The present invention moreover relates to an apparatus of the kind cited above wherein in particular collimated laser light shall be split in a beam receiver for the purpose of controlling and measuring pulsed electromagnetic radiation, said laser light being recombined beyond said beam receiver by means of a superposition or focusing device, for instance a lens, and shall be detected in the recombination zone by a detector, and where, the beam receiver comprises a transparent housing which, in the form of a beam profile splitter encloses at least two transmission elements wherein, before beam recombination, changes in the time-domain radiation characteristics in the separate and preferably parallel split beams can be implemented, namely different delays in reflection or transmission, phase changes and/or changes in optic path lengths. This apparatus is characterized by not requiring moving parts.
The invention offers the advantage that at least two transmission elements designed as beam splitters may be controlled independently of one another and that as a result a plurality of control modes is feasible.
In another aspect of the invention, one transmission element may generate a reference split beam or leave it unchanged and be mounted parallel to at least one further transmission element that may control the time-domain characteristic of the other split beam(s). Claim 14 specifically provides that the other split beam(s) can be phase shifted by the further transmission element, preferably so as to be 180° out of phase with the first split beam, so that specular or interference effects can be produced in simple manner.
Moreover the invention relates to apparatus to control and measure electromagnetic radiation by combining geometric beam splitting and ultra-narrow pulses of less than 1 ns, preferably less than 100 ps, in such a way that at their output sides split beams running along at least two optic paths of different lengths or phase changes are detected before reaching or when reaching a recombination zone by means of a detector or other measuring device. This feature allows new applications, illustratively pulse idiosyncracies using a nonlinear crystal or a two photon absorption detector (TPA), moreover the generation and measurement of pulse patterns, distance or chirp measurements, phase measurements or phase distortions, characterizing and analyzing materials, polarization adjustments etc.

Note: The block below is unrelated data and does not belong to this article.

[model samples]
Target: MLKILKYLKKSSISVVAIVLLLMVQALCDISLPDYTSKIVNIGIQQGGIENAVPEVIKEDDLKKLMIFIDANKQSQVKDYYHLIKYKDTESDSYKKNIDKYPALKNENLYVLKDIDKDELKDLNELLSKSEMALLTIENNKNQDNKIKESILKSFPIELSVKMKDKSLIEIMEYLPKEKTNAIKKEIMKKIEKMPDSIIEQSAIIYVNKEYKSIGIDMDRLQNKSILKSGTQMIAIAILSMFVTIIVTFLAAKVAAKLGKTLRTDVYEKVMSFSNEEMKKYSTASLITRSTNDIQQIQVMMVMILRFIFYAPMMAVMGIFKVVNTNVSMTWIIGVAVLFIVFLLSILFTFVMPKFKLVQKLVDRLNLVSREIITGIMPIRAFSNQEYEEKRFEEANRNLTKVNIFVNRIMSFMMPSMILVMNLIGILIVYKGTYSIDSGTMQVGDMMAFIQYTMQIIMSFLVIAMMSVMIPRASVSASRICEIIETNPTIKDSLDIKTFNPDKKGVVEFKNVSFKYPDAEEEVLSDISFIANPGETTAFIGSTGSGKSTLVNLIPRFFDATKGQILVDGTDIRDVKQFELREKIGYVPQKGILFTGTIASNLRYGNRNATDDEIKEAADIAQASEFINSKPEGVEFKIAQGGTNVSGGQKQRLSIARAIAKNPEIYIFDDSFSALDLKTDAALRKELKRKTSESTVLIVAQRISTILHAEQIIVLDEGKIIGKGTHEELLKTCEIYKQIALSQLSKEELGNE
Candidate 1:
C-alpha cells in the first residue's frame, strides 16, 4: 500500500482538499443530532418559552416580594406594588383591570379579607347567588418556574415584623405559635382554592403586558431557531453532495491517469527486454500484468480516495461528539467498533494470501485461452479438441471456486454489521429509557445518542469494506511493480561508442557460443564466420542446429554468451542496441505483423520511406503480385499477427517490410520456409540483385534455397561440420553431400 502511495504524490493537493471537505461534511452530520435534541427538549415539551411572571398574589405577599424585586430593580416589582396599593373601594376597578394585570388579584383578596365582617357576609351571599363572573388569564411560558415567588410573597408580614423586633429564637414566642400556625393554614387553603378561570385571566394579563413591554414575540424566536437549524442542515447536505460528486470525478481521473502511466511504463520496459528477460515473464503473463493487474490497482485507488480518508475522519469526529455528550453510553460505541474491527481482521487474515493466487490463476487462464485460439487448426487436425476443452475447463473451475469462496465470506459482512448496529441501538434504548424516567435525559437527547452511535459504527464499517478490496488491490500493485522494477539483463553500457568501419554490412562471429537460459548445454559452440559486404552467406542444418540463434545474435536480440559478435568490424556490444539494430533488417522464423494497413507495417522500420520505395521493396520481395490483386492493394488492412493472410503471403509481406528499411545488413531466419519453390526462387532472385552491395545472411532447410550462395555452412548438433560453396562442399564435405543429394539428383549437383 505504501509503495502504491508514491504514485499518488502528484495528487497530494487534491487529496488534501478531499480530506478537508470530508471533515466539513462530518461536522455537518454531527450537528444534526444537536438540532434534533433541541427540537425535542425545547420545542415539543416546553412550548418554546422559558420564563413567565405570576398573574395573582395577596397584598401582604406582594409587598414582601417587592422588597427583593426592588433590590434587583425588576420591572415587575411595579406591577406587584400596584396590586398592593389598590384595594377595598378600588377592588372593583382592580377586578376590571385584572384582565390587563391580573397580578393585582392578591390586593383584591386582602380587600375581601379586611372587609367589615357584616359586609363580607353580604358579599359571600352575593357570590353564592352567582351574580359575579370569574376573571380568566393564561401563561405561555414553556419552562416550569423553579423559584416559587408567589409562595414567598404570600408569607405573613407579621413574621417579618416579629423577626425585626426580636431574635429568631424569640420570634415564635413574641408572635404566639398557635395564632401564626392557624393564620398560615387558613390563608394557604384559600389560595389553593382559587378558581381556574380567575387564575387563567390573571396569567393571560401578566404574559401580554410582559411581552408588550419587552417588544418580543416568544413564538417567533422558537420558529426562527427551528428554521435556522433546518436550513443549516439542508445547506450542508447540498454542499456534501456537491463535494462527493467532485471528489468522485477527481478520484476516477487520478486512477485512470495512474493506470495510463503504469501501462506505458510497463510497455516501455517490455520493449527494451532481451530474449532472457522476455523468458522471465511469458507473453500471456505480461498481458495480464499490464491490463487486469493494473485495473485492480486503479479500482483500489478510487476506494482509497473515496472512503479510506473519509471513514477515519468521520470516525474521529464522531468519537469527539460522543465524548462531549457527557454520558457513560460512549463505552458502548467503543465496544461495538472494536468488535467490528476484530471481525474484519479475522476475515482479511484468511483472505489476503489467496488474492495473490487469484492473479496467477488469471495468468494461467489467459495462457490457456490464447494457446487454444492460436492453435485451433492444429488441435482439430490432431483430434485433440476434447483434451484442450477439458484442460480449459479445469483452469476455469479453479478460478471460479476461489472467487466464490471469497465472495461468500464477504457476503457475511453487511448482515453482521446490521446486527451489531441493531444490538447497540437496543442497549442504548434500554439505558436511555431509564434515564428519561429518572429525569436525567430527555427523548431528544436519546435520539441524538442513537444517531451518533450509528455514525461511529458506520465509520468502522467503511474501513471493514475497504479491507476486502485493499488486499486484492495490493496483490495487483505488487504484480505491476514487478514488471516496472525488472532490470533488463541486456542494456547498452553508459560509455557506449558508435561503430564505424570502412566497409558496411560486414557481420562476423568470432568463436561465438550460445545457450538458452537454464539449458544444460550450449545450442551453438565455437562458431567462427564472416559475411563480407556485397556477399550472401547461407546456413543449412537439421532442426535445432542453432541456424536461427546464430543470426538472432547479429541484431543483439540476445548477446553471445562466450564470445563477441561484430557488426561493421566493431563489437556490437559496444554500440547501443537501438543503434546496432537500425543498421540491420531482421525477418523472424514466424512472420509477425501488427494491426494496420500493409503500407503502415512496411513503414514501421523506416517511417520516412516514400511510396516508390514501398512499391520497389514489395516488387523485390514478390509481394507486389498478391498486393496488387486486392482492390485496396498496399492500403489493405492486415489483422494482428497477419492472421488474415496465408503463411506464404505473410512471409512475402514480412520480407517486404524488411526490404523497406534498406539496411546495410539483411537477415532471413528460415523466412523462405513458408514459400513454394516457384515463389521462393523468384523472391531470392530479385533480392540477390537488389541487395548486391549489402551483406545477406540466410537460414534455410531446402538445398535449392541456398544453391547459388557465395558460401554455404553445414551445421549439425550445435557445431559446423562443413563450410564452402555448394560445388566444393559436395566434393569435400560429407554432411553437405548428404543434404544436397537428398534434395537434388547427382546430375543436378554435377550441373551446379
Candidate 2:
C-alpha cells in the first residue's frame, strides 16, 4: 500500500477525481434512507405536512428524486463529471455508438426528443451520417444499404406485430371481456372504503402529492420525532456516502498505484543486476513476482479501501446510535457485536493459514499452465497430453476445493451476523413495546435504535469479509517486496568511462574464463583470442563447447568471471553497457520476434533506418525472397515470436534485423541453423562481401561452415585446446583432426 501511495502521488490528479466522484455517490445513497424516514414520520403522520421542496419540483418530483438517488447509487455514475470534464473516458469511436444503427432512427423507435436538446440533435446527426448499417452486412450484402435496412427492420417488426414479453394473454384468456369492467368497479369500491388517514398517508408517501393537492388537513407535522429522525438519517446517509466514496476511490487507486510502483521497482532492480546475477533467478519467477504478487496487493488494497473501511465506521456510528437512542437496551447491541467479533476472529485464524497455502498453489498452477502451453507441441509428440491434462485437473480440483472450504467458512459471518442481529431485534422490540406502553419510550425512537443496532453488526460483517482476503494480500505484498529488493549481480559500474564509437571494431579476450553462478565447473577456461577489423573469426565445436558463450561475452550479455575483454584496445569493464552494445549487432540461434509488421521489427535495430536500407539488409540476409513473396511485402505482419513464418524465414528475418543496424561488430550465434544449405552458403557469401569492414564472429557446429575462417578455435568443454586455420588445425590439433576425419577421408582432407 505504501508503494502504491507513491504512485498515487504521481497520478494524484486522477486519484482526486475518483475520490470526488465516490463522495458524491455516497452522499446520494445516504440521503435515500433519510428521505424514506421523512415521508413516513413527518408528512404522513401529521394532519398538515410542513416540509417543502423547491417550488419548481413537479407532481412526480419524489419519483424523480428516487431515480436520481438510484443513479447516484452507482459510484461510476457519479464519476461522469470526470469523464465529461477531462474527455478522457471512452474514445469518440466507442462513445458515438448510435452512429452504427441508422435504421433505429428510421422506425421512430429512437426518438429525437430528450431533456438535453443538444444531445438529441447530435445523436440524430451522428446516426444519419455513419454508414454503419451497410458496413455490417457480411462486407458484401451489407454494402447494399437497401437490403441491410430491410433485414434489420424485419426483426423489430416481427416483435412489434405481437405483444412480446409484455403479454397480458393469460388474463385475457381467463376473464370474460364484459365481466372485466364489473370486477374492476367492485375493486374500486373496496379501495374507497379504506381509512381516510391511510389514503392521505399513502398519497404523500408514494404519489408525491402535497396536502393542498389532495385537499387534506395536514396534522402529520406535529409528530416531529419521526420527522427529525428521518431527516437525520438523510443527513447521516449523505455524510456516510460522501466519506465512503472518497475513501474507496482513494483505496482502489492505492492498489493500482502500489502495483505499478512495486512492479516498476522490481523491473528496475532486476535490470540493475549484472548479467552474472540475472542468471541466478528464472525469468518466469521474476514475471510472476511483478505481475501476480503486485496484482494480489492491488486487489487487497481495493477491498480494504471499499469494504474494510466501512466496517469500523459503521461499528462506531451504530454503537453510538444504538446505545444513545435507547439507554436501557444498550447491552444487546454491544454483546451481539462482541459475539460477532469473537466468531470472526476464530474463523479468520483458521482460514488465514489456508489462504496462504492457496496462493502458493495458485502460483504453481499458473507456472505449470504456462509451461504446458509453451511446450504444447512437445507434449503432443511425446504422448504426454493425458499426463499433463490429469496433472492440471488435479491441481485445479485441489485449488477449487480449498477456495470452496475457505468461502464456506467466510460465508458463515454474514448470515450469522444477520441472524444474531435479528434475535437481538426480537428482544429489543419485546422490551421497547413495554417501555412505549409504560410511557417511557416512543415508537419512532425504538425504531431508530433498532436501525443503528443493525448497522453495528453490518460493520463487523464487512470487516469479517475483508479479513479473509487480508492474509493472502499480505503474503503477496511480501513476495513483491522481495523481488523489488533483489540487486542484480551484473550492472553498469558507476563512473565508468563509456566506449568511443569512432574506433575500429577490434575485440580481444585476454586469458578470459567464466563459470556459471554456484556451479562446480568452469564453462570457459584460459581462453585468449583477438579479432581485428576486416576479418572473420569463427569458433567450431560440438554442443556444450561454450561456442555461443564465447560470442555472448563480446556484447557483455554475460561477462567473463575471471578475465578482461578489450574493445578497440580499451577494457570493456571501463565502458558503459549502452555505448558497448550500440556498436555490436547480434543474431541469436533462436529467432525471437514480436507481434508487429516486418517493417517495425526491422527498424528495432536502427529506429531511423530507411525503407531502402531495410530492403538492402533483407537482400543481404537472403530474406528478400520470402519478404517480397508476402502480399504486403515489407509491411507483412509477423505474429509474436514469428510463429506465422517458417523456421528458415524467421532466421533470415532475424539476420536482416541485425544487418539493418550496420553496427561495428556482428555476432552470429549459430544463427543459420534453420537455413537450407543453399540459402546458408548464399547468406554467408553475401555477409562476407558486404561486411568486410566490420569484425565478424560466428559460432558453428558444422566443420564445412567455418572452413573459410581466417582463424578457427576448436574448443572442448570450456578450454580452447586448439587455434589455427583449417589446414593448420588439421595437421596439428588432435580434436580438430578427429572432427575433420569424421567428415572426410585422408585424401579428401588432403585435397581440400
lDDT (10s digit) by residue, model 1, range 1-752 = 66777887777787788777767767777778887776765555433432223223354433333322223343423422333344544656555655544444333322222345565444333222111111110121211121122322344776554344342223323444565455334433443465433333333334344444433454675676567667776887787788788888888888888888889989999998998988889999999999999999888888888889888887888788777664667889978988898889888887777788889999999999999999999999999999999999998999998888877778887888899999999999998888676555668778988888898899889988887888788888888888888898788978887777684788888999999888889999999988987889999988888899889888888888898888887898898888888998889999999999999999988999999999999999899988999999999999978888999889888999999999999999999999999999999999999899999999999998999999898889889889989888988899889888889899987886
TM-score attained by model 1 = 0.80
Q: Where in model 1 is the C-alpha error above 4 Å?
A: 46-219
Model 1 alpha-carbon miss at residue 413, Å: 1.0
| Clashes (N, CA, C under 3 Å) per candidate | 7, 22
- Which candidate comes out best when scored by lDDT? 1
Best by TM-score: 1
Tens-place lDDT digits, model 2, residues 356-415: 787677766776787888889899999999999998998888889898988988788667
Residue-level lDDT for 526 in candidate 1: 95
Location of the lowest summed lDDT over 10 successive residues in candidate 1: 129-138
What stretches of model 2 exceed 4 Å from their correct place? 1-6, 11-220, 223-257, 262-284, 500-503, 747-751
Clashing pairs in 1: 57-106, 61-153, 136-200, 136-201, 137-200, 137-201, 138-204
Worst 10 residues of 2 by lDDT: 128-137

In that respect, the invention provides that a test object can be inserted between the beam receiver and at least one beam profile splitter or between at least one beam profile splitter or the recombination device, in order that, for instance, identification or composition of a material can be displayed and/or measured.
A further alternative of the invention is that an object to be tested shall constitute one of the beam profile splitters and/or that two or more objects to be tested shall each constitute one of the beam profile splitters.
Further features, details and advantages of the present invention are stated in the claims and in the following description of illustrative embodiments in relation to the drawing.
FIG. 1a is a schematic of a new autocorrelator,
FIG. 1b schematically shows another new autocorrelator,
FIG. 2 schematically shows a conventional autocorrelator in the form of an interferometer,
FIG. 3a is topview of a mirror system,
FIG. 3b is a sideview of the system of FIG. 3a,
FIG. 4a is a topview of a wafer system,
FIG. 4b is a sideview of the system of FIG. 4a,
FIG. 5a is a topview of a crystal system, and
FIG. 5b is a sideview of the system of FIG. 5a.
The schematic of FIG. 1a shows apparatus which is denoted overall by 10 and comprising a beam receiver 12. This beam receiver 12 in turn comprises at least two mutually displaceable beam profile splitters 14, 16, for instance parallel mirror elements whereby the incident, pulsed light L is split into two split beams S, T which shall be recombined in a recombination device 18. A detector 20 , for instance a two-photon detector, may be present in the superposition zone U or near it. The intensity profile I(r) is schematically indicated by similar shadings next to the beams L or S, T.
FIG. 1b shows that a device which in this instance is a modulator 52 may be used as the beam receiver for the incident light L. This sensor uses as the beam profile splitter for instance an axial transmission element 54 for a reference split beam S and a further, adjacent transmission element 56 allowing to control the time-domain characteristic of another split beam T, whereupon the split beams are recombined in the superposition zone U.